The Challenges of Assessing and Treating Prison Suicidality: A Possible Solution with CAMS-care
Jennifer Crumlish Ph.D.
Published: September 10, 2019
Suicide Prevention in Jails
The correctional officers (COs) told their supervisor they had had it with Inmate Roy Jones (a fictional composite of real incarcerated individuals). During a busy change of shift, Roy told his CO that an hour earlier he had swallowed a razor blade and pieces of scavenged metal, and now was regretting that he had done so. Taken by a CO to the infirmary, the nurse on duty assessed Roy and noted his blood pressure was high, he looked pale, and he was spitting up blood. Due to a recent high-profile suicide in the facility that had brought unwanted publicity, pressure on staff to avert additional incidents increased tension among CO managers and mental health supervisors. As a result, being cautious, the nurse recommended that Roy be transported to the local hospital. After a 6-hour wait in the emergency department, diagnostic imaging conducted at the hospital revealed no evidence of a razor blade or metal, and Roy was transported back to the prison. Needless to say, the amount of time spent at the hospital and absence of the two COs accompanying him created more stress for the COs covering the shift.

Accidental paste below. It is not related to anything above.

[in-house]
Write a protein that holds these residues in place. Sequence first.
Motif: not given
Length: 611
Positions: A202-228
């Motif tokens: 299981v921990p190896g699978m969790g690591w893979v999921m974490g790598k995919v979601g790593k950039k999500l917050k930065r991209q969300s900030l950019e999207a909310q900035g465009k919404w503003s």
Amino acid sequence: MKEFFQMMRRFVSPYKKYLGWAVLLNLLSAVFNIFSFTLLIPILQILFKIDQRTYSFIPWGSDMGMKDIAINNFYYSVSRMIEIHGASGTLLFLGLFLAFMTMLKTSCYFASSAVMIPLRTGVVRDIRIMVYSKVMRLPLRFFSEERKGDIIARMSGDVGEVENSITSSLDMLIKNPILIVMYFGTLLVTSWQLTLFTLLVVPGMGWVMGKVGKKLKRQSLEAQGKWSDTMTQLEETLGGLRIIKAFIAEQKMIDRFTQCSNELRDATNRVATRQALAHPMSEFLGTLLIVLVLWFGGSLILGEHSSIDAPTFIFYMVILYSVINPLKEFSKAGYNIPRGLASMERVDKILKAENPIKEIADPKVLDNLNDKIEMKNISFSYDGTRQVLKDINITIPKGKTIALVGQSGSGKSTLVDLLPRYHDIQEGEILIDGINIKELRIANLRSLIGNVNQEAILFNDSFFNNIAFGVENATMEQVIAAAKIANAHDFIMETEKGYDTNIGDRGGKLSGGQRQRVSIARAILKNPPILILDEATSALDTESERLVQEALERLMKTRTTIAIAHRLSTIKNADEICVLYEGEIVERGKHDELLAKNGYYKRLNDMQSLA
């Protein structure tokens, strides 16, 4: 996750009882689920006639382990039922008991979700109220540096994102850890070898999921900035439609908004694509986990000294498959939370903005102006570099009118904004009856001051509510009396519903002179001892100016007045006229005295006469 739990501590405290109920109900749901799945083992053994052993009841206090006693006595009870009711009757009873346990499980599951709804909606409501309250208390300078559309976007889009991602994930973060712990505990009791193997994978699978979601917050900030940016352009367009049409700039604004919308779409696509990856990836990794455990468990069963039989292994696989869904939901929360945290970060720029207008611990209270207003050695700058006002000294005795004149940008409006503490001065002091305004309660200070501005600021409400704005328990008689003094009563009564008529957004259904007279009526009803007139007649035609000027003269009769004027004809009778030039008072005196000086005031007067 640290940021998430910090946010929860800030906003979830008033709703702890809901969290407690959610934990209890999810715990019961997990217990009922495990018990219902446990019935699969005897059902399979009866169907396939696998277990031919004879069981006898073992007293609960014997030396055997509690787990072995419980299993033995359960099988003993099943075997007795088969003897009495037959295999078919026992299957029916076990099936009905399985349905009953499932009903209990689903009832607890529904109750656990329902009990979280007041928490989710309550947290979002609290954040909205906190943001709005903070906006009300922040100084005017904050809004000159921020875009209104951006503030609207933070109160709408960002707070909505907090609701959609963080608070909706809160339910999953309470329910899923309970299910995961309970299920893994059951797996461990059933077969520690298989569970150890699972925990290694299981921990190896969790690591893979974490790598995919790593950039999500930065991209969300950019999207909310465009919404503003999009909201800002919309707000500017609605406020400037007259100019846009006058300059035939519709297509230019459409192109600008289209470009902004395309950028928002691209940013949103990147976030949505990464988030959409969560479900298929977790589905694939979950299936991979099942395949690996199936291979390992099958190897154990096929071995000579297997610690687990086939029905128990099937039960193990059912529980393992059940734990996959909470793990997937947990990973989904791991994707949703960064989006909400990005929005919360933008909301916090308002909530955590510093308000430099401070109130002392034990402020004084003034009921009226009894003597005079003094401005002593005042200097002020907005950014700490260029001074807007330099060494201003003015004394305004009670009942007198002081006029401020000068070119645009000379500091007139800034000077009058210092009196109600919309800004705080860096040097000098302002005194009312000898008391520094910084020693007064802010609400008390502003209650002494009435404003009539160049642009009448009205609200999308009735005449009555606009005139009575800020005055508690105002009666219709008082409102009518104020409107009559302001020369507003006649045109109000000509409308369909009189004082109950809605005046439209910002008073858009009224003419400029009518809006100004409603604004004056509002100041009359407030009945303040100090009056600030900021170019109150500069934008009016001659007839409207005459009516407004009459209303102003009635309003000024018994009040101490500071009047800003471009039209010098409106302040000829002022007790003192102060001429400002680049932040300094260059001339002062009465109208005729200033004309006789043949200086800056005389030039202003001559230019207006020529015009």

Engaging in multiple suicide attempts as well as several incidences of reporting attempts that were revealed to be false, Roy was proving to be a major management issue for both the COs and the mental health team. Roy was just one of several inmates with escalating self-harming and suicidal behaviors since the death of the suicidal inmate. In addition to suicidal behaviors, Roy was combative, faced additional time for punching a CO, was often non-compliant with treatment, and committed many rule violations related to substance use, fighting with other inmates, and possession of contraband items. Each time Roy faced disciplinary action or was moved to a more restrictive placement, he either made another attempt or claimed he had made an attempt.
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